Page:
Two interesting things to note about this application. First, you'll notice the application indicates "The name(s), portrait(s), and/or signature(s) shown in the mark does not identify a particular living individual." That language stems from Section 2(c) of the Trademark Act, which prohibits the registration of any trademark that "[c]onsists of or comprises a name, portrait, or signature identifying a particular living individual except by his written consent..." See also TMEP 1206 et seq. In this case, Marilyn Monroe is not living, so the application is making it clear consent is not required.

Second, all the trademark registrations owned by Marilyn Monroe's estate demonstrate how trademark law can be used to leverage control over a celebrity's name, either in conjunction with or as an alternative to state right of publicity laws. Generally, right of publicity laws prevent the use of one's name or likeness for a commercial purpose without that individual's consent.

In the case of Marilyn Monroe, several years ago the 9th Circuit Court of Appeals ruled that California's post-mortem publicity statute did not apply to her because she died in New York (which does not have a law providing for a post-mortem right of publicity). Since it does not apply to Marilyn Monroe, the estate is using trademark law as a means to take control of the actress's name, especially in certain market segments (like spa services, jewelry, and clothing). As a result, if a third party uses MARILYN MONROE or a confusingly similar mark in conjunction with goods or services related to those offered by the estate, the estate may have a claim for trademark infringement. Additionally, if the estate shows the MARILYN MONROE trademark is famous, it may have a claim for trademark dilution, which would allow the estate to broadly enforce its trademark rights against those selling goods and services in almost any industry.

According to my quick search, The Estate of Marilyn Monroe LLC owns 25 active trademark applications or registrations with the USPTO for MARILYN MONROE or variants. A creative legal approach for an estate that lost the right of publicity battle and needed another mechanism for protecting the actress's name.

Monday, September 10, 2018

Coaxial Cable Designer/Manufacturer Files Application to Register Coaxial Cable Pattern as a Trademark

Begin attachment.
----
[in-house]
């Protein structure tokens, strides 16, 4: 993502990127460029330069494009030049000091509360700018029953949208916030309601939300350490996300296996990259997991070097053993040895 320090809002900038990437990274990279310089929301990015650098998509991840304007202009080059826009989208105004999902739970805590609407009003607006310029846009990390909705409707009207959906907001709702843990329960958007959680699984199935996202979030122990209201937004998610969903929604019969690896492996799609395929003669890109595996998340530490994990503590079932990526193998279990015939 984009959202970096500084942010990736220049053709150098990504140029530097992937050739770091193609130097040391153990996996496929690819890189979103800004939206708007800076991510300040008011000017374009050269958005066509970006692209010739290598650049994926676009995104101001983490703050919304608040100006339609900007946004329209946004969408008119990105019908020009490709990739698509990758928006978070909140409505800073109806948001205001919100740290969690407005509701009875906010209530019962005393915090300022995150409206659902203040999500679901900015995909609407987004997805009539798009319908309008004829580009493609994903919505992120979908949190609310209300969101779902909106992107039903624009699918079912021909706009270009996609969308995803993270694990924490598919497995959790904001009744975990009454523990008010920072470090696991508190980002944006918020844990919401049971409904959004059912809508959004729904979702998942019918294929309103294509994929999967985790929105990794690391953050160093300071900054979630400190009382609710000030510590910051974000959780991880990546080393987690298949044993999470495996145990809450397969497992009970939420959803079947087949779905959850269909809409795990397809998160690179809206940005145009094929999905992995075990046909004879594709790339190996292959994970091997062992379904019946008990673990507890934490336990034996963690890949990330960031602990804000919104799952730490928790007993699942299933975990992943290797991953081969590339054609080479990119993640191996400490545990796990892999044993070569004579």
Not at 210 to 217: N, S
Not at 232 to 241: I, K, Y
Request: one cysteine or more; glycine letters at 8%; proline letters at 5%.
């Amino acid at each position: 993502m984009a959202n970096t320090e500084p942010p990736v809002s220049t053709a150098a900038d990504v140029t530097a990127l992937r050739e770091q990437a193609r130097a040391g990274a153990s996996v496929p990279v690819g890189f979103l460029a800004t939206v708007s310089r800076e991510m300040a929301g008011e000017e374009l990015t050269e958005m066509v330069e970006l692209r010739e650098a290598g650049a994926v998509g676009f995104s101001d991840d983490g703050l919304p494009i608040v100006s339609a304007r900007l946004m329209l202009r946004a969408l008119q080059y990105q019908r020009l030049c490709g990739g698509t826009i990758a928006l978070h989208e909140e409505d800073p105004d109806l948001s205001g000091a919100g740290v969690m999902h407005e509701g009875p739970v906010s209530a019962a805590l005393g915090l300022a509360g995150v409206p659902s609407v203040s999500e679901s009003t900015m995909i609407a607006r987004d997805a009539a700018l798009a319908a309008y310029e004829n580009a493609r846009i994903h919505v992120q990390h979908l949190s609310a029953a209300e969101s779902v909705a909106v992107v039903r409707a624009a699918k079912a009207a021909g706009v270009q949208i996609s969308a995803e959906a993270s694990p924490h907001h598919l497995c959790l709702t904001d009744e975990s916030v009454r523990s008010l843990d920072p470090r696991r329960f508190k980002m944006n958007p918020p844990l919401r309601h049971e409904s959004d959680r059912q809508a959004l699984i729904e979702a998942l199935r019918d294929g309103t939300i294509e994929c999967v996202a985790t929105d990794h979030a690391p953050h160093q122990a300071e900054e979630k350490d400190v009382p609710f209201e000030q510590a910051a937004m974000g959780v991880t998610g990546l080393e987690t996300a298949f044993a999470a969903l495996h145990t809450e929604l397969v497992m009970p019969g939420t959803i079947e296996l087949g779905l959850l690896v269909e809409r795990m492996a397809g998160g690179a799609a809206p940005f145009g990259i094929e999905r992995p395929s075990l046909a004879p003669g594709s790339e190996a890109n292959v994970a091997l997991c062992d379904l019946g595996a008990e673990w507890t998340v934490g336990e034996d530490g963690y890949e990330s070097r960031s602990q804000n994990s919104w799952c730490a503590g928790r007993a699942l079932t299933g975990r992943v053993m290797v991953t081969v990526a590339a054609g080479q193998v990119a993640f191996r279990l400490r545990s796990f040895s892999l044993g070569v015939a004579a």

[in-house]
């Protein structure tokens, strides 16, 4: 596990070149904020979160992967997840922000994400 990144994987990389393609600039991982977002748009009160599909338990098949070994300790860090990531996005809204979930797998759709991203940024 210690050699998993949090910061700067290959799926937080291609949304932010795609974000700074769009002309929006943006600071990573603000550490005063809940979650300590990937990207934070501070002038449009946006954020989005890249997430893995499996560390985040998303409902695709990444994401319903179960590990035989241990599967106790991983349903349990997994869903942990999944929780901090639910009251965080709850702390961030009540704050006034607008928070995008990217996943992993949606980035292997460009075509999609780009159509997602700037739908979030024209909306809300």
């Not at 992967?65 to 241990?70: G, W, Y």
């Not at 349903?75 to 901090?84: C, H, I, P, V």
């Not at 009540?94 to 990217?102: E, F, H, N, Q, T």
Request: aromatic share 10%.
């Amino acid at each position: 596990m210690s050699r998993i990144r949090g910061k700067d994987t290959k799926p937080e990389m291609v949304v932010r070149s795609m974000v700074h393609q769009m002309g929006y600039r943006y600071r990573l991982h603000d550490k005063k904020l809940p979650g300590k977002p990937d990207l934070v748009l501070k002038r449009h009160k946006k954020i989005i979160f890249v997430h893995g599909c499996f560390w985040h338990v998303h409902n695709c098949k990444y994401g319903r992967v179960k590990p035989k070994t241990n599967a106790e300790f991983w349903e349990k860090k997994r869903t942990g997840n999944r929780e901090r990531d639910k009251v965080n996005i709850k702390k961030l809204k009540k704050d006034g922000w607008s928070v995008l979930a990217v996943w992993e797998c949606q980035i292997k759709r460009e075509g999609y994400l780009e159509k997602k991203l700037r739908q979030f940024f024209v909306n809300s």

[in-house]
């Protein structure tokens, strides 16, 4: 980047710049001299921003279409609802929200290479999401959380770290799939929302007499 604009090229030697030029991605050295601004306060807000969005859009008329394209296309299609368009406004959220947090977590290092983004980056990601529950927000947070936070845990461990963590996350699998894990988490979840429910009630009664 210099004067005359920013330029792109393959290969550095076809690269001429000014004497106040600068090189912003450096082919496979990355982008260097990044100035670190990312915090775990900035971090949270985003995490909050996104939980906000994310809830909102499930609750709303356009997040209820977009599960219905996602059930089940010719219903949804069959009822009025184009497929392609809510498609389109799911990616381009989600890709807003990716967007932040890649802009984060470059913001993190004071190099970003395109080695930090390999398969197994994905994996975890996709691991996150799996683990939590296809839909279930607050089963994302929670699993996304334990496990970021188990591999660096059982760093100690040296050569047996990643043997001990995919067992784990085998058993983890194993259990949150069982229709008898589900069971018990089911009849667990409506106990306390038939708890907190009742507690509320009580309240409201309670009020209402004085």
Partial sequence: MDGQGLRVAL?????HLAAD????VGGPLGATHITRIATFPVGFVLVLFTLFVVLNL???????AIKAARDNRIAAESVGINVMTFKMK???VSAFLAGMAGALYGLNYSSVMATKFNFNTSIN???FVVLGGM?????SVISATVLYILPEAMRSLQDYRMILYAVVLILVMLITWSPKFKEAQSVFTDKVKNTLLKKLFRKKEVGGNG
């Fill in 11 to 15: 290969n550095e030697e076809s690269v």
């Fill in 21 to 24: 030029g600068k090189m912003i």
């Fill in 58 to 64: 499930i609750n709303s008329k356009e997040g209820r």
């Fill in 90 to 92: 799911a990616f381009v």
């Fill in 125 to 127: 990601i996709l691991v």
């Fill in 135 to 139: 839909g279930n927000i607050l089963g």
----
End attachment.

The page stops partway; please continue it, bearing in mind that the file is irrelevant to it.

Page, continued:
In a recent application that demonstrates trademarks are more than just words, logos, and slogans, Megaphase, LLC, a designer and manufacturer of coaxial cables and connectors, filed an application to register the coaxial cable pattern seen below as a trademark with the U.S. Patent and Trademark Office. But will it get a registration on the Principal Register (which affords the most legal benefits)?
The application, filed on September 5th, describes the trademark as "repeating pairs of yellow dashes applied in a spiral pattern along the length of a coaxial cable." The color yellow is claimed as a feature of the mark. The application covers "coaxial cables" in Class 9 and the mark has been in use since May 31, 2015 (according to the application).

Repeating patterns marks can function as trademarks. TMEP 1202.19 ("Repeating-pattern marks are often applied to clothing and fashion accessories, but they also appear on other goods, including furniture, bedding, dinnerware, luggage, paper products, and cleaning implements. In addition, these marks frequently appear on packaging for a variety of goods and have been registered for use in connection with services such as retail stores and travel agencies."). In fact, the USPTO's Trademark Manual of Examining Procedure has an entire section devoted to examples of various repeating pattern marks. TMEP 1202.19(k).

Whether a repeating pattern actually functions as a trademark or is ornamental or decorative depends on the type of pattern, how it is used, industry practice, and several other factors. When determining whether a repeating pattern functions as a trademark or is merely ornamental/decorative matter, the USPTO will consider a variety of factors, including:
  • Whether the pattern is common or widely used (TMEP 1202.19(e)(i)(A));
  • Whether the pattern creates a commercial impression distinct from any wording or other matter that appears on the relevant goods (TMEP 1202.19(e)(i)(B));
  • The nature of the repeating pattern, including whether it contains any arbitrary wording (TMEP 1202.19(e)(i)(C));
  • The industry practice and whether it is common in the industry to use repeated patterns in an ornamental/decorative manner or as trademarks (TMEP 1202.19(e)(i)(D));
  • Whether consumers are used to seeing repeating patterns on the type of product, such that they either view them as ornamental/decorative features or as trademarks (for example, repeating patterns are commonly used on items like clothing, furniture, and pillows, so it would be difficult to argue a pattern is functioning as a trademark when used on those goods) (TMEP 1202.19(e)(i)(E)).
If a repeating pattern mark is inherently distinctive, the USPTO will register it on the Principal Register. However, if the repeating pattern is more common, basic, and/or decorative, the USPTO will refuse to register it as a trademark. If the pattern is capable of functioning as a trademark after obtaining acquired distinctiveness in the marketplace, the USPTO may register it on the Supplemental Register.

According to my quick search, MegaPhase does not own any U.S. trademark registrations for a coaxial cable pattern. However, it did obtain a registration back in 2010 for "the color red-orange, Pantone warm red C, as applied to the entirety of the surface and length of a cable." However, that registration is on the Supplemental Register because color marks can never be inherently distinctive (see TMEP 1202.05(a)) and MegaPhase did not attempt to argue that its use of this color on coaxial cables had acquired distinctiveness such that registration on the Principal Register was proper.